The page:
Thursday, March 25, 2010

Clinching the smartest home loan deals

Short-term trading profits in real estate are not high, while the risks are considerable.
DENNIS NG shows you the numbers

IT’S tough enough figuring out which housing loan package is the best for you. But how will the latest changes in property financing rules affect your property purchase?

The recent curbs on the property market include measures such as the scrapping of interest-only loans, capping financing to 80 per cent of the property’s value, and a stamp duty on properties sold within a year of purchase.

Also, are there different things to consider in financing a property that you mean to live in versus one you intend to rent out? What are the things to look out for in choosing a housing loan?

Fret not, this article will help you to decipher housing loan packages like a pro, even if you’re buying property for the first time.

Scrapping of interest-only loans

In interest-only loans, the borrower chooses not to repay any principal at all, and only services the interest cost in his monthly instalments.

Many home buyers are shocked by the idea, and unable to understand the logic of not making any principal repayment on a housing loan.

However, for a property investor, one simple way to reduce his monthly cash outlay and increase return on investment is to minimise the capital outlay on the property. Interest-only loans help by minimising the monthly cash outlay, thereby increasing the possibility of positive cashflows from the property. That is, the rental income from the property more than covers the monthly instalment. It also enables the property investor to cut his monthly debt repayment obligations, and reduce his debt-service ratio, or DSR.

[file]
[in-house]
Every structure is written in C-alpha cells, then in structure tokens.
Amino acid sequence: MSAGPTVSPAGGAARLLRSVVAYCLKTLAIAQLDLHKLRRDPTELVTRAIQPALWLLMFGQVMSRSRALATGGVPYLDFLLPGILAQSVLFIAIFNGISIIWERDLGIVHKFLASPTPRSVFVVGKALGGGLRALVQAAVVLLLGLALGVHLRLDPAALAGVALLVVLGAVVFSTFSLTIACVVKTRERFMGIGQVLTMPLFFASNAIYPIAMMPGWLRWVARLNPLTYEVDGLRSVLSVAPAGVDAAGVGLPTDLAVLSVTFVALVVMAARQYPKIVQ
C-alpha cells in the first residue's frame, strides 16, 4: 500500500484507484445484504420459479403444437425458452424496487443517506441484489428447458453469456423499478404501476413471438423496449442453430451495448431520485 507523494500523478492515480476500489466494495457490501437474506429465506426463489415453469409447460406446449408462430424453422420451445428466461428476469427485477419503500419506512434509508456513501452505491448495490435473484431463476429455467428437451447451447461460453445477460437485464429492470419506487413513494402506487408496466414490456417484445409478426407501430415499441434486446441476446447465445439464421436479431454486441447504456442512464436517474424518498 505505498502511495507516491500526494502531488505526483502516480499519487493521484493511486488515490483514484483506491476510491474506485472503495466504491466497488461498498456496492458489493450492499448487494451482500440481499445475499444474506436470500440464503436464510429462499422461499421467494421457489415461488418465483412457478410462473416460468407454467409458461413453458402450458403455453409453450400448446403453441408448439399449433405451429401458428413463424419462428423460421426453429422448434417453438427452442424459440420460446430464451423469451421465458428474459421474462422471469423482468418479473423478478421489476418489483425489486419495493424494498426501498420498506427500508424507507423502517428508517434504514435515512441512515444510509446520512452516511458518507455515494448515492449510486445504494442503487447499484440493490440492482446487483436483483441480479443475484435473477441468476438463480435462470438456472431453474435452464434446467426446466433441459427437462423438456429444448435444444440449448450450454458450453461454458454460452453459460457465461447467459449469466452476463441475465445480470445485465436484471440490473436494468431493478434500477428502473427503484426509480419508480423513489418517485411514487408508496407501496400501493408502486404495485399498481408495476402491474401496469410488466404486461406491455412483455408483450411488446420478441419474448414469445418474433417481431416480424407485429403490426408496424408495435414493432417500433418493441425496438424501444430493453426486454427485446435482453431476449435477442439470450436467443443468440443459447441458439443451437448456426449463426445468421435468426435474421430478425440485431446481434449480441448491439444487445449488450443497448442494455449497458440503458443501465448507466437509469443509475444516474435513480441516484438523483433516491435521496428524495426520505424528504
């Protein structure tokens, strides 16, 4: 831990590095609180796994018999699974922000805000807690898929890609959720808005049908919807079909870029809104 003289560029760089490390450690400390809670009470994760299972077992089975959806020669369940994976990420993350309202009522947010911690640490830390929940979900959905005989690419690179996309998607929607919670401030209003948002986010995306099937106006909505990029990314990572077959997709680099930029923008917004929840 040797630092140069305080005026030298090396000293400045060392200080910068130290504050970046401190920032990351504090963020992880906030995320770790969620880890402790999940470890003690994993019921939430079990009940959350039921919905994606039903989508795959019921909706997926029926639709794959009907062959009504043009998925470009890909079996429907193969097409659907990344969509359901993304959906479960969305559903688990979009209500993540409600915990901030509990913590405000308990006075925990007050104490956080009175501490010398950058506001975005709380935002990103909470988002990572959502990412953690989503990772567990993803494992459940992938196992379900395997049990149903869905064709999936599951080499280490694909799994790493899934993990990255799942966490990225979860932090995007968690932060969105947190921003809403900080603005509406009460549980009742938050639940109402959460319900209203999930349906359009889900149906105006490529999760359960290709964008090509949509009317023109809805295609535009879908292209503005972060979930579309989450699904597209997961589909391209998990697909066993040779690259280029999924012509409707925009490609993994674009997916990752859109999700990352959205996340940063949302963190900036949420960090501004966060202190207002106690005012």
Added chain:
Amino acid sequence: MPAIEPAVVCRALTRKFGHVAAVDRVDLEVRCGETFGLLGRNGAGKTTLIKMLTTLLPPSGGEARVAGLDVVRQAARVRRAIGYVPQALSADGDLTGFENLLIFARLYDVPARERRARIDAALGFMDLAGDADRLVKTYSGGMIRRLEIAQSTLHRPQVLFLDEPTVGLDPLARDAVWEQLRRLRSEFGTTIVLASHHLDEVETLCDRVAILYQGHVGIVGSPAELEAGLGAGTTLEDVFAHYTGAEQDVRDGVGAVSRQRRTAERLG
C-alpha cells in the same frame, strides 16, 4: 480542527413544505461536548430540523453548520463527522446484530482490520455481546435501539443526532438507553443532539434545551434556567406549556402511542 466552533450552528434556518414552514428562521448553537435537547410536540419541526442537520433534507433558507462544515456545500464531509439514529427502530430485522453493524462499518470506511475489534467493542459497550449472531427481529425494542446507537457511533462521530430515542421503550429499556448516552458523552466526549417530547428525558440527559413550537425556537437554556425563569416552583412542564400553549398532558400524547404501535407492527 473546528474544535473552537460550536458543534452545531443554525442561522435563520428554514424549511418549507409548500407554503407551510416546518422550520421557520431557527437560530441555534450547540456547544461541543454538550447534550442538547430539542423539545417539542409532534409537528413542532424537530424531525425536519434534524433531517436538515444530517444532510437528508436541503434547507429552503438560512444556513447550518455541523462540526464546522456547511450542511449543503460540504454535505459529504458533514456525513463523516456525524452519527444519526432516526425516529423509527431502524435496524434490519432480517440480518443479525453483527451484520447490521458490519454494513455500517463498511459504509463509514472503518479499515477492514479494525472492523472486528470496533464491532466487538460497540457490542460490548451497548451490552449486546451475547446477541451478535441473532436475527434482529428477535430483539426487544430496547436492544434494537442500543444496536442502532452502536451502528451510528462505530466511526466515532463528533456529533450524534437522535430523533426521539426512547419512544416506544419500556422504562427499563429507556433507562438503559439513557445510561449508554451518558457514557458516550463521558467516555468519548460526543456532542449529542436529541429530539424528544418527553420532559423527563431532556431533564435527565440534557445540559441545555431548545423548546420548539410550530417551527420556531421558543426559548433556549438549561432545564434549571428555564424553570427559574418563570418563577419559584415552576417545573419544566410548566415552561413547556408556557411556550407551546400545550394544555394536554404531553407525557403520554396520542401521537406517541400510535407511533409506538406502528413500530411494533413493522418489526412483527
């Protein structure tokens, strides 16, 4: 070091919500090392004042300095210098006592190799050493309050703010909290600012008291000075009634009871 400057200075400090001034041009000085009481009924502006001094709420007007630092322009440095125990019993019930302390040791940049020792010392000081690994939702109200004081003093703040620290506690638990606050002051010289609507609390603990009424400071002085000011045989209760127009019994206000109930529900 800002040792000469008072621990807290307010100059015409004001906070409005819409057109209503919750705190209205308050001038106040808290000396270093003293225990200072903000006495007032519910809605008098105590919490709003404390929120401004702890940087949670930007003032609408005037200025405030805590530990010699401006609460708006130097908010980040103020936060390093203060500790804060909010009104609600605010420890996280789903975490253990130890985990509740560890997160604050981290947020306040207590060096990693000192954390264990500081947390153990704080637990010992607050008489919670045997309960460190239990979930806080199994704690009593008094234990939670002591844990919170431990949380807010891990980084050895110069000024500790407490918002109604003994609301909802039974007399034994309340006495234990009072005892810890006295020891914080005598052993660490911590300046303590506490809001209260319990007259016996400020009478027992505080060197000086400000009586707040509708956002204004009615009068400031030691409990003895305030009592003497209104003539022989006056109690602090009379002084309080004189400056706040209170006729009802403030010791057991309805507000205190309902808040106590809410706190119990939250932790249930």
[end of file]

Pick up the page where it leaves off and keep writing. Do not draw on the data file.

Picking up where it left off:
Thus, Minister for National Development Mah Bow Tan announced the discontinuation of interest-only property loans in September last year to dampen speculative demand. However, this measure does not affect the average home buyer or investor since most people take housing loans that repay both principal and interest.

Property as home or investment

Is there a difference between taking a housing loan for an an owner-occupied home versus one for investment?

Yes, there is. Because a person buying a property for investment has quite different considerations from someone buying it as a home. The main differences are summarised in the table.

How banks view rental income

If a tenant pays you rent of $3,000 a month, does your monthly income go up by $3,000? Most people mistakenly think that it does. But what happens is that the bank might factor in just 50 per cent of the gross rental income as your additional income in calculating your debt-service ratio (DSR).

The all-important debt service ratio

The DSR is basically the percentage of your income used to repay your monthly debt obligations.

Here’s an illustration. Let’s say Mr A’s gross salary is $5,000. He has a car loan with a monthly instalment of $500 and a housing loan instalment of $2,000. Thus, his total monthly debt repayment obligation works out to $2,500. Divide that by his gross income and his DSR works out to 50 per cent.